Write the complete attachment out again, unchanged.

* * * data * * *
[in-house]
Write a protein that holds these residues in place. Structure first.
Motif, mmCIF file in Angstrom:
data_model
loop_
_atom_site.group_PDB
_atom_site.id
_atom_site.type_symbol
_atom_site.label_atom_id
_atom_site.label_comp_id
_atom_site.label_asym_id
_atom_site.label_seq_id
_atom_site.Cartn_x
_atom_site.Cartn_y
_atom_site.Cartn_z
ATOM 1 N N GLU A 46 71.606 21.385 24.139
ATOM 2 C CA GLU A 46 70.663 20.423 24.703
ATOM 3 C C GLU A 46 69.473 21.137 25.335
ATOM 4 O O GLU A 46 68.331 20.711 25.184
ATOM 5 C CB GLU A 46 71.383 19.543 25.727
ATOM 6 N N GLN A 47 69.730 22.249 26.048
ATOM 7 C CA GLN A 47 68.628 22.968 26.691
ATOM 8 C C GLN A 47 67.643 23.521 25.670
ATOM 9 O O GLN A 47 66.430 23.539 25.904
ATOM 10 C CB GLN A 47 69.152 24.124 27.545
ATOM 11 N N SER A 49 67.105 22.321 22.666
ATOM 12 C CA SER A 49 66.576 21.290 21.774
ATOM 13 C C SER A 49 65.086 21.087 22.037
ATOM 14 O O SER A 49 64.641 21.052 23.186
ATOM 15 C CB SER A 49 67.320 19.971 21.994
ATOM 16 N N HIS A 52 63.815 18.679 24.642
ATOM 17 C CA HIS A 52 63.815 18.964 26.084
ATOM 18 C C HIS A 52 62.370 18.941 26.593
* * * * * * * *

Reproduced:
[in-house]
Write a protein that holds these residues in place. Structure first.
Motif, mmCIF file in Angstrom:
data_model
loop_
_atom_site.group_PDB
_atom_site.id
_atom_site.type_symbol
_atom_site.label_atom_id
_atom_site.label_comp_id
_atom_site.label_asym_id
_atom_site.label_seq_id
_atom_site.Cartn_x
_atom_site.Cartn_y
_atom_site.Cartn_z
ATOM 1 N N GLU A 46 71.606 21.385 24.139
ATOM 2 C CA GLU A 46 70.663 20.423 24.703
ATOM 3 C C GLU A 46 69.473 21.137 25.335
ATOM 4 O O GLU A 46 68.331 20.711 25.184
ATOM 5 C CB GLU A 46 71.383 19.543 25.727
ATOM 6 N N GLN A 47 69.730 22.249 26.048
ATOM 7 C CA GLN A 47 68.628 22.968 26.691
ATOM 8 C C GLN A 47 67.643 23.521 25.670
ATOM 9 O O GLN A 47 66.430 23.539 25.904
ATOM 10 C CB GLN A 47 69.152 24.124 27.545
ATOM 11 N N SER A 49 67.105 22.321 22.666
ATOM 12 C CA SER A 49 66.576 21.290 21.774
ATOM 13 C C SER A 49 65.086 21.087 22.037
ATOM 14 O O SER A 49 64.641 21.052 23.186
ATOM 15 C CB SER A 49 67.320 19.971 21.994
ATOM 16 N N HIS A 52 63.815 18.679 24.642
ATOM 17 C CA HIS A 52 63.815 18.964 26.084
ATOM 18 C C HIS A 52 62.370 18.941 26.593